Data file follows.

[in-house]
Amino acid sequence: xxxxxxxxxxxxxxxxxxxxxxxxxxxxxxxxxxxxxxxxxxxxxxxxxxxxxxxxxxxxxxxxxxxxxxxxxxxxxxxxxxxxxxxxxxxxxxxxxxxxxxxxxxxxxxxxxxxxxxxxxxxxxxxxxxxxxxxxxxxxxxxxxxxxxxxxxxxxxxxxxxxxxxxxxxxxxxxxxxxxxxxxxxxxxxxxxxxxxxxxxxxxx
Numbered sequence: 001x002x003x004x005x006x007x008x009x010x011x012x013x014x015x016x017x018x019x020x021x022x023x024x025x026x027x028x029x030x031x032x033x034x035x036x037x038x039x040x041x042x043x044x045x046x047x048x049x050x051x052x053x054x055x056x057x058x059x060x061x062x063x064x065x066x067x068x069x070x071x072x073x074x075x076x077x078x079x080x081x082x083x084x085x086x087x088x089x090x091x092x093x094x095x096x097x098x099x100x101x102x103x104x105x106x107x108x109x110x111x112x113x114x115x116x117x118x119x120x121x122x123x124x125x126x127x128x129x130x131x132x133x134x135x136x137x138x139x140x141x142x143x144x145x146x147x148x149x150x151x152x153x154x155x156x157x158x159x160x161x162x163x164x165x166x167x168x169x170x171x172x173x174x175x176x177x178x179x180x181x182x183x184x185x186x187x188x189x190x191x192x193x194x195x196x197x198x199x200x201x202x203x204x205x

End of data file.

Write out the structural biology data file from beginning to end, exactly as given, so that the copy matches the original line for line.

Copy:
[in-house]
Amino acid sequence: xxxxxxxxxxxxxxxxxxxxxxxxxxxxxxxxxxxxxxxxxxxxxxxxxxxxxxxxxxxxxxxxxxxxxxxxxxxxxxxxxxxxxxxxxxxxxxxxxxxxxxxxxxxxxxxxxxxxxxxxxxxxxxxxxxxxxxxxxxxxxxxxxxxxxxxxxxxxxxxxxxxxxxxxxxxxxxxxxxxxxxxxxxxxxxxxxxxxxxxxxxxxx
Numbered sequence: 001x002x003x004x005x006x007x008x009x010x011x012x013x014x015x016x017x018x019x020x021x022x023x024x025x026x027x028x029x030x031x032x033x034x035x036x037x038x039x040x041x042x043x044x045x046x047x048x049x050x051x052x053x054x055x056x057x058x059x060x061x062x063x064x065x066x067x068x069x070x071x072x073x074x075x076x077x078x079x080x081x082x083x084x085x086x087x088x089x090x091x092x093x094x095x096x097x098x099x100x101x102x103x104x105x106x107x108x109x110x111x112x113x114x115x116x117x118x119x120x121x122x123x124x125x126x127x128x129x130x131x132x133x134x135x136x137x138x139x140x141x142x143x144x145x146x147x148x149x150x151x152x153x154x155x156x157x158x159x160x161x162x163x164x165x166x167x168x169x170x171x172x173x174x175x176x177x178x179x180x181x182x183x184x185x186x187x188x189x190x191x192x193x194x195x196x197x198x199x200x201x202x203x204x205x